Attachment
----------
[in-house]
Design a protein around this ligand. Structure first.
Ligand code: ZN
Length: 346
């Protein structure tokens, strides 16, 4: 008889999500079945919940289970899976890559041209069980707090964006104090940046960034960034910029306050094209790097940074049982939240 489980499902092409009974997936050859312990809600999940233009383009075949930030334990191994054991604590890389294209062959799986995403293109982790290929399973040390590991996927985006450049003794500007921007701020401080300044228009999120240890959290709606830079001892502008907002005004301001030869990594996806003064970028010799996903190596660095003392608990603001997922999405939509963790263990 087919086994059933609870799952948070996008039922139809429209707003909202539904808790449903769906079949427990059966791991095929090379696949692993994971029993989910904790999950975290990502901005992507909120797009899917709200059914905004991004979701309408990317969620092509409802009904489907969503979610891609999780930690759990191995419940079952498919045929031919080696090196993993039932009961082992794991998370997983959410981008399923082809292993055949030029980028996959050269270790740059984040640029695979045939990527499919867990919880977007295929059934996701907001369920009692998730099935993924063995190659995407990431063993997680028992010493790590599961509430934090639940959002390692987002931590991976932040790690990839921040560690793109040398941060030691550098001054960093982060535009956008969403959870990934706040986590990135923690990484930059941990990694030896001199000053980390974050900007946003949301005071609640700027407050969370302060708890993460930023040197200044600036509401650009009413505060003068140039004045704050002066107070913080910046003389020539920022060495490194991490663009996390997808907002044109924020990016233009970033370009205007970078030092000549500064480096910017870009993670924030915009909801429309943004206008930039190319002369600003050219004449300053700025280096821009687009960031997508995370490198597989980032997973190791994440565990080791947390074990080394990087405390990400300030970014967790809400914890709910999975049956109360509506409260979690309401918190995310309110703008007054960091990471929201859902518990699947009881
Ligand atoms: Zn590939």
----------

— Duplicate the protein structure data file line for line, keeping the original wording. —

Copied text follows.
[in-house]
Design a protein around this ligand. Structure first.
Ligand code: ZN
Length: 346
């Protein structure tokens, strides 16, 4: 008889999500079945919940289970899976890559041209069980707090964006104090940046960034960034910029306050094209790097940074049982939240 489980499902092409009974997936050859312990809600999940233009383009075949930030334990191994054991604590890389294209062959799986995403293109982790290929399973040390590991996927985006450049003794500007921007701020401080300044228009999120240890959290709606830079001892502008907002005004301001030869990594996806003064970028010799996903190596660095003392608990603001997922999405939509963790263990 087919086994059933609870799952948070996008039922139809429209707003909202539904808790449903769906079949427990059966791991095929090379696949692993994971029993989910904790999950975290990502901005992507909120797009899917709200059914905004991004979701309408990317969620092509409802009904489907969503979610891609999780930690759990191995419940079952498919045929031919080696090196993993039932009961082992794991998370997983959410981008399923082809292993055949030029980028996959050269270790740059984040640029695979045939990527499919867990919880977007295929059934996701907001369920009692998730099935993924063995190659995407990431063993997680028992010493790590599961509430934090639940959002390692987002931590991976932040790690990839921040560690793109040398941060030691550098001054960093982060535009956008969403959870990934706040986590990135923690990484930059941990990694030896001199000053980390974050900007946003949301005071609640700027407050969370302060708890993460930023040197200044600036509401650009009413505060003068140039004045704050002066107070913080910046003389020539920022060495490194991490663009996390997808907002044109924020990016233009970033370009205007970078030092000549500064480096910017870009993670924030915009909801429309943004206008930039190319002369600003050219004449300053700025280096821009687009960031997508995370490198597989980032997973190791994440565990080791947390074990080394990087405390990400300030970014967790809400914890709910999975049956109360509506409260979690309401918190995310309110703008007054960091990471929201859902518990699947009881
Ligand atoms: Zn590939």